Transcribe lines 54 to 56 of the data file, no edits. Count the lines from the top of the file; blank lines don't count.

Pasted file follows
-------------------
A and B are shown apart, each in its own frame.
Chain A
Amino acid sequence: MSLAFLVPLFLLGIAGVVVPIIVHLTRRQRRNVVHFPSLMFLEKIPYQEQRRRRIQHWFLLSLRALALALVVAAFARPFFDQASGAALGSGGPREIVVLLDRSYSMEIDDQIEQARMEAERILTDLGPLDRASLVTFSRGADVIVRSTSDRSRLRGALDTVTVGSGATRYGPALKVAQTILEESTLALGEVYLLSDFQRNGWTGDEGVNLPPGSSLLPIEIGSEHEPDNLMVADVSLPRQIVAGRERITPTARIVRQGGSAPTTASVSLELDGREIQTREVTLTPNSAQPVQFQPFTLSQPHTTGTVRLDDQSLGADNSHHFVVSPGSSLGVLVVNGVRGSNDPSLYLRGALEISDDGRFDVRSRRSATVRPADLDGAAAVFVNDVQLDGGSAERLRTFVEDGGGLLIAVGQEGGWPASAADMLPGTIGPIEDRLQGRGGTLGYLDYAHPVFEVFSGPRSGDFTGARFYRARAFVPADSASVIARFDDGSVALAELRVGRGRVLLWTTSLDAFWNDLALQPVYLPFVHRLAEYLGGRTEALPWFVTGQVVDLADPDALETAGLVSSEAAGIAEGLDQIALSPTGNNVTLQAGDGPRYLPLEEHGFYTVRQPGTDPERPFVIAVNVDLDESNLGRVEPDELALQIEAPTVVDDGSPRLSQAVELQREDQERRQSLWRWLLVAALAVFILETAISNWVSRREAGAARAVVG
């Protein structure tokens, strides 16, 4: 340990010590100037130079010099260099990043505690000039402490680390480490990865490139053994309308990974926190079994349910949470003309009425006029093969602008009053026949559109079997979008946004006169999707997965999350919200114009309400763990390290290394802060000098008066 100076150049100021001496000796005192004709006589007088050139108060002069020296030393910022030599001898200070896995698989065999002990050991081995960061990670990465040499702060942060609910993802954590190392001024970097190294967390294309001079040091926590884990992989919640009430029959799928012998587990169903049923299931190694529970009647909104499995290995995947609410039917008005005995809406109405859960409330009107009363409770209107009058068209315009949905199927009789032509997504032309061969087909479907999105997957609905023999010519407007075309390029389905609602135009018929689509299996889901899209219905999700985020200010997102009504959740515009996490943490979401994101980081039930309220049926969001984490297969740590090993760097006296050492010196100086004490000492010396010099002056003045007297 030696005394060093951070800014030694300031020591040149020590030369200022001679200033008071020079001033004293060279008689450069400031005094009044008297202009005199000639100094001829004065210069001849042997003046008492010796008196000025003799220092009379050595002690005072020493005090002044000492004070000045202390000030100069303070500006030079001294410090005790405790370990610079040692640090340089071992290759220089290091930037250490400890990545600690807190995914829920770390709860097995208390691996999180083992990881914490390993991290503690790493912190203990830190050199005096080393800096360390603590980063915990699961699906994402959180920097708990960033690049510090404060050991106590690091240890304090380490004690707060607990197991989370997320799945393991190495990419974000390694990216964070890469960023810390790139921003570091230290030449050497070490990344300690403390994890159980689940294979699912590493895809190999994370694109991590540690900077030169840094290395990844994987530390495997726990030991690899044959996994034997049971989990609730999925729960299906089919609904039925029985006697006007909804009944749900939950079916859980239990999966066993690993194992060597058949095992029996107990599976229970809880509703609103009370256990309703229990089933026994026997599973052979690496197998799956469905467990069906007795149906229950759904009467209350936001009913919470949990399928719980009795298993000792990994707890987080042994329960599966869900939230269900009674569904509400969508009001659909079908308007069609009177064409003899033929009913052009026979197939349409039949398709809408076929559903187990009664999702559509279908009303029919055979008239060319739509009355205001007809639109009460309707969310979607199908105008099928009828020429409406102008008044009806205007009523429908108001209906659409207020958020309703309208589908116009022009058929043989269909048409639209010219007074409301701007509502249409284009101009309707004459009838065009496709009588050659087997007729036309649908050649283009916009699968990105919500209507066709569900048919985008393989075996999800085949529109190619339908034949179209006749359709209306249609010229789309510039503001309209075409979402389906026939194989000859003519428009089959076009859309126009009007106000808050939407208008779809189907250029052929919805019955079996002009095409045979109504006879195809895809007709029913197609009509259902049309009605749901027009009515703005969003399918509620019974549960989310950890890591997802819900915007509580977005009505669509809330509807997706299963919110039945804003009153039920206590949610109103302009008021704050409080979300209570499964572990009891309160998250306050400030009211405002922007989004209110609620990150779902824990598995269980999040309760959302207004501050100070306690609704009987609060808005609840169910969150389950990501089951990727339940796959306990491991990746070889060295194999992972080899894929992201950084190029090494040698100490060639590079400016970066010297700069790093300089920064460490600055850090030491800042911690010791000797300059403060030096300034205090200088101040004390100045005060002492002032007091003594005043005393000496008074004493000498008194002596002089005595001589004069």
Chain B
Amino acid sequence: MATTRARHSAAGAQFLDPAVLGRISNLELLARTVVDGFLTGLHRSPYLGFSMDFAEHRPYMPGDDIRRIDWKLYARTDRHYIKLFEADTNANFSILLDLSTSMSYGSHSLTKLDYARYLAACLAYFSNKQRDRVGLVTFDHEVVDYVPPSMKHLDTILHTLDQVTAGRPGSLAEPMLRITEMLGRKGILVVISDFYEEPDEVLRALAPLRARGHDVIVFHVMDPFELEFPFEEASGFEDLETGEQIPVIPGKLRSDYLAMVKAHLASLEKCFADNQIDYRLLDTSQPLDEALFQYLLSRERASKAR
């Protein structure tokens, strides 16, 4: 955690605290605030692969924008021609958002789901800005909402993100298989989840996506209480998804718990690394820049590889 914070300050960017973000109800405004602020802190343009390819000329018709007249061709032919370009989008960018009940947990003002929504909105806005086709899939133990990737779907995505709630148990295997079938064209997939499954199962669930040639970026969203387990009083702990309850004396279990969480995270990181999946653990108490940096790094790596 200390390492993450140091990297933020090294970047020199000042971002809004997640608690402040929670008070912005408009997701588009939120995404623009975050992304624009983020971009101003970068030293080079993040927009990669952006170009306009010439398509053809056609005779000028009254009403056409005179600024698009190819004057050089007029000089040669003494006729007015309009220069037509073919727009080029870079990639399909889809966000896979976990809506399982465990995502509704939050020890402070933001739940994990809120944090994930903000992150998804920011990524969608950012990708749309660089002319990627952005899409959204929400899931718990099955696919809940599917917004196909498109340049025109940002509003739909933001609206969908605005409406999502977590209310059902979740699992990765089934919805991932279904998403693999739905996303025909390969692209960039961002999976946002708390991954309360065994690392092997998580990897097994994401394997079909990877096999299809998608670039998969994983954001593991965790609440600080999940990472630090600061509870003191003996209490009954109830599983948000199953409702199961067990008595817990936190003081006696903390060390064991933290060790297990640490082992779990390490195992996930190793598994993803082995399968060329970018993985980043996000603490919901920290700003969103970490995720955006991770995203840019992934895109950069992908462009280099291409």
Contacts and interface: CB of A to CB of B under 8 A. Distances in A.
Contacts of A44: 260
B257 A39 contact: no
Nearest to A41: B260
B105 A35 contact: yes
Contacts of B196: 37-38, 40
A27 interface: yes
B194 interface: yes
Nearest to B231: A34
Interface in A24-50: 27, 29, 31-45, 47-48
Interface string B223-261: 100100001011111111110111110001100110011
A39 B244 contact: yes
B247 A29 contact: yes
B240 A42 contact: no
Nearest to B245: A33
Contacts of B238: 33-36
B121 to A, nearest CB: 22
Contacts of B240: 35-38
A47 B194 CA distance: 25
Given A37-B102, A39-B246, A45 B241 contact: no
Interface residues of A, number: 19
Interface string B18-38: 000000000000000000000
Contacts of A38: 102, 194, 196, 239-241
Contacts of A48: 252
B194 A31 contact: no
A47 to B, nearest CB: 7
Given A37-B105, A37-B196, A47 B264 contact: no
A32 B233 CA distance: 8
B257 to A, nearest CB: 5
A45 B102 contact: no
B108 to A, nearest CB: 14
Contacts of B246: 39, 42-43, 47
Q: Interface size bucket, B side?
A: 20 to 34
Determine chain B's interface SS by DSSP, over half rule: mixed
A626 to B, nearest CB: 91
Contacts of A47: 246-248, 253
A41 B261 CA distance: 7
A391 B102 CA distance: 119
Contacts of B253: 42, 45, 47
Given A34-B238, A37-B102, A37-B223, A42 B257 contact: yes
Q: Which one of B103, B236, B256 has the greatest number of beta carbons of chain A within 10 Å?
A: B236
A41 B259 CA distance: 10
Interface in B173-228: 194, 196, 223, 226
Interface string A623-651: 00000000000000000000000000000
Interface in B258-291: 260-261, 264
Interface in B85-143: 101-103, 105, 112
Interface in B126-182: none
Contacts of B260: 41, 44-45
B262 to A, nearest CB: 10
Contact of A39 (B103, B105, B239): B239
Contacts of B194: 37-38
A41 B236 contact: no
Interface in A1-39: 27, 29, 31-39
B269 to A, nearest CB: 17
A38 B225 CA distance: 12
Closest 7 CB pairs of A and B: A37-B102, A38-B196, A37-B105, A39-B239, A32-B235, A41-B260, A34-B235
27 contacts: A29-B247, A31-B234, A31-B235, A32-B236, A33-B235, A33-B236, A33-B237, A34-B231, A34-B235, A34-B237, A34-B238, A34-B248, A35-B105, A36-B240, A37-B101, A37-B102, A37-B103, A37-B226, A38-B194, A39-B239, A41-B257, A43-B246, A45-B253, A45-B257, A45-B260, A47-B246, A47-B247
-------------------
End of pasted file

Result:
Interface in B258-291: 260-261, 264
Interface in B85-143: 101-103, 105, 112
Interface in B126-182: none